By Jillian Enright: For Complete Post, Click Here…
Challenging stereotypes and describing some lesser-known Autistic traits.
A lot of non-conforming and marginalized people are misdiagnosed in healthcare, (including mental health) and psychological diagnoses.
This includes female-presenting people (including cis-women), transgender folks-basically anyone in the LGBTQIA2+ community — people of colour, people impacted by poverty, and many others.
Identifying someone as Autistic can be difficult, especially if they mask well, because autism is a behaviour-based diagnosis: meaning, it’s identified based on clinical judgement, behavioural assessments, self-reported behaviours, and observations.
Unfortunately, many clinicians still hold out-dated, stereotypical ideals about what it means to be Autistic. This further perpetuates the difficulty in identifying people who have atypical presentations of autism.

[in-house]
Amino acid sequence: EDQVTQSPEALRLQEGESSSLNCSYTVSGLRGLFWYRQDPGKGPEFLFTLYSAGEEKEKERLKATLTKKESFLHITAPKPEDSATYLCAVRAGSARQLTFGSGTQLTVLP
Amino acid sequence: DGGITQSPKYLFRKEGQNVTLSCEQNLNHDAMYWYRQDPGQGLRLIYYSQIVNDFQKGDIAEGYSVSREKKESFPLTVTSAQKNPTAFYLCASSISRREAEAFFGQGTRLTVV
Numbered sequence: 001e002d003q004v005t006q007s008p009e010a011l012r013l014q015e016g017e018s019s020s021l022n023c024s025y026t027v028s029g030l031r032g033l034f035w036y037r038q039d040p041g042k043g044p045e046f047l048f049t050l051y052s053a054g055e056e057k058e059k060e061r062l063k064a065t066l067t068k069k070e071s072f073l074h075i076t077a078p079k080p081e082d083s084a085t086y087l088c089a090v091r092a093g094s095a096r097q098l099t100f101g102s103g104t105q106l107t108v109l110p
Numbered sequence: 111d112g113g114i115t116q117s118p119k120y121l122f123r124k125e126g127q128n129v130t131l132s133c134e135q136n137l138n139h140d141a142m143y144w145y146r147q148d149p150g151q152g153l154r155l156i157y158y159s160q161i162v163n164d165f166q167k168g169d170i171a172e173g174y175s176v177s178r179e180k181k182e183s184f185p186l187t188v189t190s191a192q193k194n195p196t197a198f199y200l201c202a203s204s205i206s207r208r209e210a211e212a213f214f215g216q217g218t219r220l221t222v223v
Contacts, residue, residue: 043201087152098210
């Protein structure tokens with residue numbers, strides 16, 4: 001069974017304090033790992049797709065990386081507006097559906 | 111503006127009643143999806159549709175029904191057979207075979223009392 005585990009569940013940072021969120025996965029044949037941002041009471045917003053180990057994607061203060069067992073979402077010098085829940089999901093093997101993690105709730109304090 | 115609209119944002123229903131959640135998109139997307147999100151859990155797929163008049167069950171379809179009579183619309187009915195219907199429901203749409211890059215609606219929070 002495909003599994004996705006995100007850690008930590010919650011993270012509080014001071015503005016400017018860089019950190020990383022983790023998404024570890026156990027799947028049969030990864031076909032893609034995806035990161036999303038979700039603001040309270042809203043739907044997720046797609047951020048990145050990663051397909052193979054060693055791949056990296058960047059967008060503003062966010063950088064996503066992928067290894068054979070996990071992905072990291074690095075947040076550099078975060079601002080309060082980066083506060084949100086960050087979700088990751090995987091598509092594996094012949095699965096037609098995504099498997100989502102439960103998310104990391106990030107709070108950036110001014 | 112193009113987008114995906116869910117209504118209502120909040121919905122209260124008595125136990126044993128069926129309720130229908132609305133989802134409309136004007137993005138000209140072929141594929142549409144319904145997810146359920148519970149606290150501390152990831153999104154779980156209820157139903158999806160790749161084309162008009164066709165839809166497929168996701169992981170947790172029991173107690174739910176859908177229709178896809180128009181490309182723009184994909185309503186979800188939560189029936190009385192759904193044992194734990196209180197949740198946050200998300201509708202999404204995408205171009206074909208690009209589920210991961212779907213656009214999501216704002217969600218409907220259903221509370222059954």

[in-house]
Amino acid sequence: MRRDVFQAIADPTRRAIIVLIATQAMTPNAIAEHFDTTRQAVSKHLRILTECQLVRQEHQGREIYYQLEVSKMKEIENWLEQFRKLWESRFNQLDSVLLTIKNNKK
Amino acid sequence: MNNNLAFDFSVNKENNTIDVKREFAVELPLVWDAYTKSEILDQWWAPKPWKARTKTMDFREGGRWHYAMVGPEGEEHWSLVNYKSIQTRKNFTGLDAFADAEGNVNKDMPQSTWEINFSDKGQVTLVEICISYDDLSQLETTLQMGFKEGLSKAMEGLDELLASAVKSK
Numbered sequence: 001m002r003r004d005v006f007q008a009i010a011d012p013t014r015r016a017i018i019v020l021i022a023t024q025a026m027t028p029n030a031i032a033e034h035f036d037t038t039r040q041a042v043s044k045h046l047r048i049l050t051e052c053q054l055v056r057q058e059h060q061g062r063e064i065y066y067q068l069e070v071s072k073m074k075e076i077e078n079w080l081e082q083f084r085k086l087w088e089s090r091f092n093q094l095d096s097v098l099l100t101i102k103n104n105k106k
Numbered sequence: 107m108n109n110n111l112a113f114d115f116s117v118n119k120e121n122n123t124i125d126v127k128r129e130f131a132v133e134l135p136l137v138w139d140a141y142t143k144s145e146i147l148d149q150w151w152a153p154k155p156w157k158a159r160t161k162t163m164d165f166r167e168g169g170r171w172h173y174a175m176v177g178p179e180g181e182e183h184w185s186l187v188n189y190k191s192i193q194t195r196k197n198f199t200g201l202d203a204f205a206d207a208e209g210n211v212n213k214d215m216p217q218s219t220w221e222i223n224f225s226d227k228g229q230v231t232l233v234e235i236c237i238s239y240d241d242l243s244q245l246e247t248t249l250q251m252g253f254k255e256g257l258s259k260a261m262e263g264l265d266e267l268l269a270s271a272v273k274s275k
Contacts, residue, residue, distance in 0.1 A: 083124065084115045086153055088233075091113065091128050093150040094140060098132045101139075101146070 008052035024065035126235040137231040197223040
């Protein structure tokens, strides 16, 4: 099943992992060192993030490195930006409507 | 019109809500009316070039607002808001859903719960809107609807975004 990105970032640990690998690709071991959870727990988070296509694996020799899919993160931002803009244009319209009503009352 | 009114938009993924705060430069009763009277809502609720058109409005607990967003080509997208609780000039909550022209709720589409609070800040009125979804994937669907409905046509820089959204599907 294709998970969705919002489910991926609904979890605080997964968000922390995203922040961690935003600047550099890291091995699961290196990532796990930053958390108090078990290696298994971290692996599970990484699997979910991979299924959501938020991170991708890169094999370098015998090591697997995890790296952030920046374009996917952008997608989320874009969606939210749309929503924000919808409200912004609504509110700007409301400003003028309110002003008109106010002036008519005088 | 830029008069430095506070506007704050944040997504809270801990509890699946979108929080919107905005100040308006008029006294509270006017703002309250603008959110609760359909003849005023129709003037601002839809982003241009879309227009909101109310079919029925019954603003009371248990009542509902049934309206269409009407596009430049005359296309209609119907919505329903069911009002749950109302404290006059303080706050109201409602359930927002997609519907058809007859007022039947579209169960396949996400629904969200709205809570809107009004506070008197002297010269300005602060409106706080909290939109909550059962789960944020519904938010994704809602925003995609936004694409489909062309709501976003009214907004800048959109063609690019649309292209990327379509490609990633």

Also, the DSM-V criteria for Autism sucks, so it’s easy to see how clinicians are being poorly trained to properly and accurately identify autism.
Autism is different for every single person, but sharing a common neurotype means we do share many common traits.
I recently came across an old tumblr post from 2015 outlining some atypical Autistic traits, and I identified with it so very much.
As people who haven’t really felt seen or understood for much of our lives, it can be extremely validating and comforting to realize so many others share similar experiences.
I made some updates to the original post and am sharing it here since it meant so much to me, I am hoping others will also find it helpful.
There are four categories of atypical Autistic traits described: